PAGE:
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Ballymurphy Massacre: Coroner Says 10 People Killed by British Army in 1971 Were 'Innocent'

© AP Photo / Peter MorrisonSinn Fein President Gerry Adams passes a Irish Republican Army mural in the Ballymurphy area of west Belfast , Northern Ireland, Tuesday, March, 6, 2007
Sinn Fein President Gerry Adams passes a Irish Republican Army mural in the Ballymurphy area of west Belfast , Northern Ireland, Tuesday, March, 6, 2007 - Sputnik International, 1920, 11.05.2021
More than 3,600 people suffered violent deaths during The Troubles - 30 years of sectarian strife in Northern Ireland, which was ended by the Good Friday Agreement. One of the most controversial incidents was the so-called Ballymurphy Massacre in Belfast in 1971.

A coroner has said 10 people killed by the British Army in Northern Ireland 50 years ago were "innocent."

A Catholic priest and a mother-of-eight were among those killed by the security forces in the heavily Irish republican Ballymurphy district of west Belfast over three days in August 1971.

​The inquest, which began in November 2018, heard evidence from 150 people, including 60 retired soldiers, but several key witnesses did not appear, including IRA men who were reportedly active in the area at the time.

​The coroner, Mrs Justice Siobhan Keegan, said: "All the deceased were entirely innocent of any wrong doing on the day in question."

Mary Lou McDonald, president of Sinn Fein, said the inquest ruling was a "vindication" of campaign by the families of the victims.

Ms McDonald said: "Today will be bittersweet as the British government confirms that they will now attempt to block the families from getting justice, in defiance of an international agreement signed with the Irish government on dealing with the past."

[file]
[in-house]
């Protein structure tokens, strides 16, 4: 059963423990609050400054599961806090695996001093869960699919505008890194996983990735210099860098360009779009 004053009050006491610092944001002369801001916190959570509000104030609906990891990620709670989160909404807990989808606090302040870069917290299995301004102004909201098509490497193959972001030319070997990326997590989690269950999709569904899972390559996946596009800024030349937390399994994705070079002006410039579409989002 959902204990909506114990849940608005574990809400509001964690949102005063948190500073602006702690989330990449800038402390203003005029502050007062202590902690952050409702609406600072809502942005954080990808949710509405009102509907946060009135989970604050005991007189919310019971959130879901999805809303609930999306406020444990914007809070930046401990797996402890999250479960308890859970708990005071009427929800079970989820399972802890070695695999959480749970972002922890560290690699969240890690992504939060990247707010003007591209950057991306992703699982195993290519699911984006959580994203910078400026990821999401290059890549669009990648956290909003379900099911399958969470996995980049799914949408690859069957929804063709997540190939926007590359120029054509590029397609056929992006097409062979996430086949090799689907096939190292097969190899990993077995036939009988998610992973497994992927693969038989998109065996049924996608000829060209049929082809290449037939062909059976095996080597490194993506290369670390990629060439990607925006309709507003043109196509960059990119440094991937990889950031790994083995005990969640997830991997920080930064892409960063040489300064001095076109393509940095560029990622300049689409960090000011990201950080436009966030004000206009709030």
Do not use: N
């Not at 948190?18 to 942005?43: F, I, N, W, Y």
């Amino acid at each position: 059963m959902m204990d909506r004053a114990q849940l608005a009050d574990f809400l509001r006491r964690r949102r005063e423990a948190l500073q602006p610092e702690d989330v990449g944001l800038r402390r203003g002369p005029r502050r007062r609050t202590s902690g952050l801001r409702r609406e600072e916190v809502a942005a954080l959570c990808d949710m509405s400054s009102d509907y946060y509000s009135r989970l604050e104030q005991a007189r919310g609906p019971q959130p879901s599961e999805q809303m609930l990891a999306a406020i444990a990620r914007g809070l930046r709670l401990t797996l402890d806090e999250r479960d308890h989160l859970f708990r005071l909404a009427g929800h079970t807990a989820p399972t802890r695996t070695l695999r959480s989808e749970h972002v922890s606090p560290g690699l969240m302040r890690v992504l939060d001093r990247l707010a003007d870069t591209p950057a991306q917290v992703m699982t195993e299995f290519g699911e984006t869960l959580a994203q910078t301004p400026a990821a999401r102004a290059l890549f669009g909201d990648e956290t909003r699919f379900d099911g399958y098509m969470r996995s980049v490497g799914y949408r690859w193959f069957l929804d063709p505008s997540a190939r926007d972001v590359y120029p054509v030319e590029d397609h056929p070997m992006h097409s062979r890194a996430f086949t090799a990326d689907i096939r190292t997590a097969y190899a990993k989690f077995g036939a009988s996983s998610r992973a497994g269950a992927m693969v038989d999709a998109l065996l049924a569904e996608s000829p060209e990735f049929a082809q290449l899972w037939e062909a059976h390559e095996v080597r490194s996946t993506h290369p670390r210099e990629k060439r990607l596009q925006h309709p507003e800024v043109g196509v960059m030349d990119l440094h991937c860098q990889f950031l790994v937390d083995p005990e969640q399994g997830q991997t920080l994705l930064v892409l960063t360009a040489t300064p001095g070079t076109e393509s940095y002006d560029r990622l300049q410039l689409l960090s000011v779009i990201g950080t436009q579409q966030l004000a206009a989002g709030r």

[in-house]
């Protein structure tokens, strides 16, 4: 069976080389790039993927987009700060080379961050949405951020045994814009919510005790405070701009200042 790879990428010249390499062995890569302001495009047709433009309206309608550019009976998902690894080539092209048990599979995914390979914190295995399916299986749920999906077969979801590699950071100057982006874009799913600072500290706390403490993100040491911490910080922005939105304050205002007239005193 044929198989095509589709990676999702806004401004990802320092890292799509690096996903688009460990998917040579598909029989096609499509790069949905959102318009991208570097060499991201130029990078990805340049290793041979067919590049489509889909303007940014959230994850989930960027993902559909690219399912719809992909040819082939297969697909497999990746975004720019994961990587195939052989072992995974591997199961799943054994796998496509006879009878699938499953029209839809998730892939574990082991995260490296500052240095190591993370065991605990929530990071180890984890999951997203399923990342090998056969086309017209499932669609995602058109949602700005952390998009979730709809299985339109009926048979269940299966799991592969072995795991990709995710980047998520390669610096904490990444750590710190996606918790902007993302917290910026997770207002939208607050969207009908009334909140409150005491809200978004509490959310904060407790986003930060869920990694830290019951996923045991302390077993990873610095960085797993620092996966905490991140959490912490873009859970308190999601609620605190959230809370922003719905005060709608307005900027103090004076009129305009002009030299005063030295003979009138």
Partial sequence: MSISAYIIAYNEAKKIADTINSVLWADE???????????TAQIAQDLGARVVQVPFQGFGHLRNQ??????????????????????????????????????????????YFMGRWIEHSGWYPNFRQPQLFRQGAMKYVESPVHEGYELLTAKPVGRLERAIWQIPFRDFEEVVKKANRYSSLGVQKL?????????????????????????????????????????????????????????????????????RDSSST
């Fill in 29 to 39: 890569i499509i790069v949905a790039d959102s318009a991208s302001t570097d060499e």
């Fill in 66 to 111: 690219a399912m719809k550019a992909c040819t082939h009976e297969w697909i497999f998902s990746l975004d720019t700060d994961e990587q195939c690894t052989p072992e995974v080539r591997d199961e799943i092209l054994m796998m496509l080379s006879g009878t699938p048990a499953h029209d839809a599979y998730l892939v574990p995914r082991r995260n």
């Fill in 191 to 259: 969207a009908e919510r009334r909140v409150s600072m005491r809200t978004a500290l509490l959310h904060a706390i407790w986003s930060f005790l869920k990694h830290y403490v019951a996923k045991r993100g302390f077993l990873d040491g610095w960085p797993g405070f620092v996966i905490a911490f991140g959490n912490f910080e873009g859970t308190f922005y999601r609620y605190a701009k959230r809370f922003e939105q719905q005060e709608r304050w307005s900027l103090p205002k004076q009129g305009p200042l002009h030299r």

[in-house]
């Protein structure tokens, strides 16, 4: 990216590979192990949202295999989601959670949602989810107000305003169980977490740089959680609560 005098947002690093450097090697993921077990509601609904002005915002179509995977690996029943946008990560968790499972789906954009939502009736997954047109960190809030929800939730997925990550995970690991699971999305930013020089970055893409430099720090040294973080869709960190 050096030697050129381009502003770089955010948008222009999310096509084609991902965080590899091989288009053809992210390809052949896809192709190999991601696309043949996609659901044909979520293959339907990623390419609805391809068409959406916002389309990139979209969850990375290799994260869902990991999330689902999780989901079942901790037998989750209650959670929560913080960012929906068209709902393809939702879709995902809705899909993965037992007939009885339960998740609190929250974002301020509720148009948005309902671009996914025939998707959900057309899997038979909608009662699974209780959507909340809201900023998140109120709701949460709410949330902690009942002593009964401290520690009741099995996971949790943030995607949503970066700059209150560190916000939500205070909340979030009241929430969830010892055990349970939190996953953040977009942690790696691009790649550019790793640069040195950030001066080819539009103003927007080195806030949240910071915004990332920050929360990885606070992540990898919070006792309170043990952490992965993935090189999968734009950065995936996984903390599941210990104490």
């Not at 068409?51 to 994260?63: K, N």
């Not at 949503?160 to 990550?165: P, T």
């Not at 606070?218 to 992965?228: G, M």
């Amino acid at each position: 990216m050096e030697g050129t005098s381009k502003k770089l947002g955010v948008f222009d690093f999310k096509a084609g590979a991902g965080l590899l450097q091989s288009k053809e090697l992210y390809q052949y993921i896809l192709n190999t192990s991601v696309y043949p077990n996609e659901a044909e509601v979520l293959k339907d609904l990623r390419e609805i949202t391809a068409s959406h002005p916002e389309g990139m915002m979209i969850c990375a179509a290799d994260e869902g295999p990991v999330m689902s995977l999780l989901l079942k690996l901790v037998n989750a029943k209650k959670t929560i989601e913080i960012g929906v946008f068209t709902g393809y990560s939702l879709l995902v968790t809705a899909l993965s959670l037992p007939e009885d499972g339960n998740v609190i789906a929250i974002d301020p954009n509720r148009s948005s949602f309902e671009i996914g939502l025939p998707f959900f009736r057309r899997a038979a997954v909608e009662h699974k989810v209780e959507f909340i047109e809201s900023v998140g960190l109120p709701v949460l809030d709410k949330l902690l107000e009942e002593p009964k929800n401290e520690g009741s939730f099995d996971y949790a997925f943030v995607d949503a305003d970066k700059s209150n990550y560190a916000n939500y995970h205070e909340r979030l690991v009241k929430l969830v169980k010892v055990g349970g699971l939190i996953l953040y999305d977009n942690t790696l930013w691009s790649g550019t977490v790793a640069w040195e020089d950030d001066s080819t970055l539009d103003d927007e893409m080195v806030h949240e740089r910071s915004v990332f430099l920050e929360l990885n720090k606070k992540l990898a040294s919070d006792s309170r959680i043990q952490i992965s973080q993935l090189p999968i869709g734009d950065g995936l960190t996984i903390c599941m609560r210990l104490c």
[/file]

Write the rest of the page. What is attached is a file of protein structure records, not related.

Her comments were a response to the Queen's Speech, in which Boris Johnson's government set out plans to restrict the prosecution of British soldiers for actions in Northern Ireland during The Troubles.

The inquest had been hampered by missing documents, including statements from soldiers made in 1972 in which they admitted shooting people.

The original list has been lost and only the original coroner - who has since died - knew the names of the soldiers.

​So nobody at the inquest was able to cross-examine any of the soldiers who gave evidence about whether they had admitted shooting someone.

Another key individual, Witness X, made a statement claiming snipers from the Ulster Volunteer Force (UVF) were also in Ballymurphy at the time but he never gave evidence.

No members of Official IRA and the rival Provisional IRA testified either but Mrs Justice Keegan said there was no evidence any of the 10 victims had been armed at the time they were shot. 

​Those killed by the British Army at Ballymurphy were Joan Connolly, 44, Father Hugh Mullan, 38, Joseph Corr, 43, Edward Doherty, 31, John Laverty, 20, John McKerr, 49, Joseph Murray, 41, Noel Phillips, 19, Frank Quinn, 19. and Daniel Teggart, 44.

The families of the victims sat in socially distanced groups at the Waterfront Hall in Belfast as Mrs Justice Keegan read out her findings, after which they were posted online.

Mrs Justice Keegan said Father Mullan and Mr Quinn were both shot dead on waste ground near Springfield Park by troops from the Parachute Regiment and a standard issue British Army bullet was recovered from the body of Mr Quinn.

In her report Mrs Justice Keegan said: "The Coroner received evidence suggesting that the UVF had gunmen in the area and raising the possibility that a UVF gunman could have been responsible for some of the deaths at Ballymurphy. The Coroner found, however, that there was no evidence of value to suggest that this was the
case in relation to the death of Father Mullan or Mr Quinn."
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